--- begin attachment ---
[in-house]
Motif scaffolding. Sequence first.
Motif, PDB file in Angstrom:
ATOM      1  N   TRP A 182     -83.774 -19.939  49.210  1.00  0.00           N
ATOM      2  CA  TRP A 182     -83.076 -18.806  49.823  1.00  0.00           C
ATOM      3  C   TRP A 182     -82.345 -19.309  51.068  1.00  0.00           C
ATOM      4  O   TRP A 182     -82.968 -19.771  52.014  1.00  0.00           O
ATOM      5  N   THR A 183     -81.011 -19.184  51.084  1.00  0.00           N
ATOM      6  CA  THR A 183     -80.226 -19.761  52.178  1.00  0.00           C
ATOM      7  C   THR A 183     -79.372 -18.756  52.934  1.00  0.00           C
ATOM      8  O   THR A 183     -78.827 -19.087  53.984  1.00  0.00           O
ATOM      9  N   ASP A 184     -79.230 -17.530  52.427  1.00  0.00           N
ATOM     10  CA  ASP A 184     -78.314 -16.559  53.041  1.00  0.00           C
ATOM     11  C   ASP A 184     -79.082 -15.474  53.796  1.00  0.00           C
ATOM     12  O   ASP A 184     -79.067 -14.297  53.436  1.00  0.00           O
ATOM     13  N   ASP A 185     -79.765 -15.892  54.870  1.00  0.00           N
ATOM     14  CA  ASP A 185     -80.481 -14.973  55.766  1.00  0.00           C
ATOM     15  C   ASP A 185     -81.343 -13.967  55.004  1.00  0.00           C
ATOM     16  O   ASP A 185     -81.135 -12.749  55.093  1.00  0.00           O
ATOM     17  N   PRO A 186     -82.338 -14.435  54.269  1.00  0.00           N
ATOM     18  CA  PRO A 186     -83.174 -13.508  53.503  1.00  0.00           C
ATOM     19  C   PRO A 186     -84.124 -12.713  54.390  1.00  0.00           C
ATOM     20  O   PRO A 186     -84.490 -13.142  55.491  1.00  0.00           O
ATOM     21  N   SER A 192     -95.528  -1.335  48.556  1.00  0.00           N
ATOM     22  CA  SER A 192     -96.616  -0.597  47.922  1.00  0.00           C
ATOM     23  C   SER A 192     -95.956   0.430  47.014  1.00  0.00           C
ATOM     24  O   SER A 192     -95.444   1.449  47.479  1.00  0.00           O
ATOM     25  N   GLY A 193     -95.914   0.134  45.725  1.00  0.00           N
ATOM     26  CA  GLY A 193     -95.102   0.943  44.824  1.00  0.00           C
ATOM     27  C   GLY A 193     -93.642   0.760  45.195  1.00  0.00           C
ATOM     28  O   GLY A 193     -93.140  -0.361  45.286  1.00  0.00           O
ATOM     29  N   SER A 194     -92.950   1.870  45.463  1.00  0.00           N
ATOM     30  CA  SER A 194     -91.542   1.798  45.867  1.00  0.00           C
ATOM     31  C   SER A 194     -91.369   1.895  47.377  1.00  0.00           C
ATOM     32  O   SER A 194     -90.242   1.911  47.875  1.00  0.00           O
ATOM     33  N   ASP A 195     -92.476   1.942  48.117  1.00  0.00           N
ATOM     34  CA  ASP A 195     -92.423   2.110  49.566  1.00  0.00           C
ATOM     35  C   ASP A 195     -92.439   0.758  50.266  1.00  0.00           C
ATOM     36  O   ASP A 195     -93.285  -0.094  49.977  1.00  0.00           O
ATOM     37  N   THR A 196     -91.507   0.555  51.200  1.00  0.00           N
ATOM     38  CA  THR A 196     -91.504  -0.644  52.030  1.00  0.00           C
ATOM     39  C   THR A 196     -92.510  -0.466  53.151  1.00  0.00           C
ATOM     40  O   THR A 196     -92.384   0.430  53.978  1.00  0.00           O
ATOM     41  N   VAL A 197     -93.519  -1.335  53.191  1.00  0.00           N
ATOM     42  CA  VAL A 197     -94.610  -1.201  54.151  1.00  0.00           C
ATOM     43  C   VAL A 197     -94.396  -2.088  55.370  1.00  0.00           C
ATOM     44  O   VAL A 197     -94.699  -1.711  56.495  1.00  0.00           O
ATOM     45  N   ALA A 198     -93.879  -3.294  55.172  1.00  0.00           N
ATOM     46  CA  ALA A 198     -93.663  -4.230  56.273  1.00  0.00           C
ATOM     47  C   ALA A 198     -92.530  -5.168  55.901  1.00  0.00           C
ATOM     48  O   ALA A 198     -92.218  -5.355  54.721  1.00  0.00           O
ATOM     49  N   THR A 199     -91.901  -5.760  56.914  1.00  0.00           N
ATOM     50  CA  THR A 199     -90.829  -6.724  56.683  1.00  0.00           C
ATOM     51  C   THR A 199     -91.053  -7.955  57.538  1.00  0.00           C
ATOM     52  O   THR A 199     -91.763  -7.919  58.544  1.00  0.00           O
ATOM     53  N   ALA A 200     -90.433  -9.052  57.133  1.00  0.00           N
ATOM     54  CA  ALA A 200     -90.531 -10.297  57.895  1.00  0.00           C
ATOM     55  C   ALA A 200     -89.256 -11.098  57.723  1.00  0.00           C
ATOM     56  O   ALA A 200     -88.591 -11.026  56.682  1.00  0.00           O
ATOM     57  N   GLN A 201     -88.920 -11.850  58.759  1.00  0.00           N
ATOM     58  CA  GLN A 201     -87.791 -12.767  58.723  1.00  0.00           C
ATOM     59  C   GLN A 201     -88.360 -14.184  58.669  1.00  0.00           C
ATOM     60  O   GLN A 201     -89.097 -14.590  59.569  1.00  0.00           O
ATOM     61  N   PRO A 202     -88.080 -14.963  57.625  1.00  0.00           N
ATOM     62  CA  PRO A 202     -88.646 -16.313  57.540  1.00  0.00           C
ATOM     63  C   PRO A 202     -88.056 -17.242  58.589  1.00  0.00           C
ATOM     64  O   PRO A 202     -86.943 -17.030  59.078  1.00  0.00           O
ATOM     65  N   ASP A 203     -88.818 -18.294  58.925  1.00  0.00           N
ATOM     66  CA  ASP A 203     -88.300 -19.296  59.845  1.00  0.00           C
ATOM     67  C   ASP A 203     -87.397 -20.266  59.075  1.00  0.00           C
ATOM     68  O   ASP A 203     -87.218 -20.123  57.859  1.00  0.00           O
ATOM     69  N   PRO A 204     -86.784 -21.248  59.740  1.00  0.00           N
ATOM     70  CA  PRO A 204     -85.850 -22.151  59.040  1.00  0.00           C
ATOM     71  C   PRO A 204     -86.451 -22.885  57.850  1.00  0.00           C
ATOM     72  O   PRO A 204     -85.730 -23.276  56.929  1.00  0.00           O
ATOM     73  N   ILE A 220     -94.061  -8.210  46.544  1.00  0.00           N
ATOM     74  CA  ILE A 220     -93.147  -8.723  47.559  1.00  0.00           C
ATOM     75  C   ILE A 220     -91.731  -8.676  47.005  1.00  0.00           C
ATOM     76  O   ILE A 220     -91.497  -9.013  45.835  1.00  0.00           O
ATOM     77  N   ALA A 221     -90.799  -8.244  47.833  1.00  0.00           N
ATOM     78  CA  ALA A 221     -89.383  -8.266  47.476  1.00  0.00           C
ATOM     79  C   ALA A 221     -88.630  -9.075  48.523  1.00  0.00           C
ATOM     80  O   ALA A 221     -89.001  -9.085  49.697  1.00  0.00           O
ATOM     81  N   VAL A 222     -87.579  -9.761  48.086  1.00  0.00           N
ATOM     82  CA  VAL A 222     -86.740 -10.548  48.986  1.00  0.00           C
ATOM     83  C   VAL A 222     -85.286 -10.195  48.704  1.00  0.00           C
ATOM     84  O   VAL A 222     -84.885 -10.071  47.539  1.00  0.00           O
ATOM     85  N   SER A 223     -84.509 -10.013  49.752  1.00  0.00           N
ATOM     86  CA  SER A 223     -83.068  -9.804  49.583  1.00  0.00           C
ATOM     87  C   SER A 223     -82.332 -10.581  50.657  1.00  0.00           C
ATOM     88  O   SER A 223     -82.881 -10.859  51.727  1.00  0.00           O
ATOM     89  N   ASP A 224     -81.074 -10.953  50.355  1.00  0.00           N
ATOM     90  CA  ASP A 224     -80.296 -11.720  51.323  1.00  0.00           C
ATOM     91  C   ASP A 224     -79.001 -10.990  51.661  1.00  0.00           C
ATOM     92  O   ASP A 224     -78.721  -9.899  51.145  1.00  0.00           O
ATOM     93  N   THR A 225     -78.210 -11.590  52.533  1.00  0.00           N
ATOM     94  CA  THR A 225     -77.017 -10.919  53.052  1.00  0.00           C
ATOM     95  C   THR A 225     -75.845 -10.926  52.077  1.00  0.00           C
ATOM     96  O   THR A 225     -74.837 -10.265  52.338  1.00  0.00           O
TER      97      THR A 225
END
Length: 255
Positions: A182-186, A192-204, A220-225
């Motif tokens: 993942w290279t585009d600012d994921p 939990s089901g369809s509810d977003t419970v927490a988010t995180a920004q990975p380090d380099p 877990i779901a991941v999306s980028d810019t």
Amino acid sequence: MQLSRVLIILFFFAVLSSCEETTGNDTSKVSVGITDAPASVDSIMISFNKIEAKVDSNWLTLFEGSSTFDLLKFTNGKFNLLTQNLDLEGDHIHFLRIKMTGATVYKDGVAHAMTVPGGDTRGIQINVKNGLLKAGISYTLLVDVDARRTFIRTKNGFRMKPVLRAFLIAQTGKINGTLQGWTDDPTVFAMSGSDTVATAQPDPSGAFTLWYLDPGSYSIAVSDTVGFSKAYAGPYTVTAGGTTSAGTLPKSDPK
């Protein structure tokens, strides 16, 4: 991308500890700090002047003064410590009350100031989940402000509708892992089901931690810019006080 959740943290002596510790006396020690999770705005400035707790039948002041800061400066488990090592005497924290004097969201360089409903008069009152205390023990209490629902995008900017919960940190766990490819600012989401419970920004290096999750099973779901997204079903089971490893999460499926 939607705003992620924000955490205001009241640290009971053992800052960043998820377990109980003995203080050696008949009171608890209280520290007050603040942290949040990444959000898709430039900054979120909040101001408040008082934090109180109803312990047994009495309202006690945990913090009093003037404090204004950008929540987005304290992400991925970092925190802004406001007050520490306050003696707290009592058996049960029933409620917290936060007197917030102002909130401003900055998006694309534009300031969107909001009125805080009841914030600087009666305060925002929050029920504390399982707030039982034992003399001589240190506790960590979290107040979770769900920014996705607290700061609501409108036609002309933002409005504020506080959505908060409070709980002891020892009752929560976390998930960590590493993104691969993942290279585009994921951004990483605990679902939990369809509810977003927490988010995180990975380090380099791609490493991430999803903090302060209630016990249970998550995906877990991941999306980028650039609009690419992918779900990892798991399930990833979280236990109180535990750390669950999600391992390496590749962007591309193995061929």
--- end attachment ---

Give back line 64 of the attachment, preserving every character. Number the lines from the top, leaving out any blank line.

ATOM     61  N   PRO A 202     -88.080 -14.963  57.625  1.00  0.00           N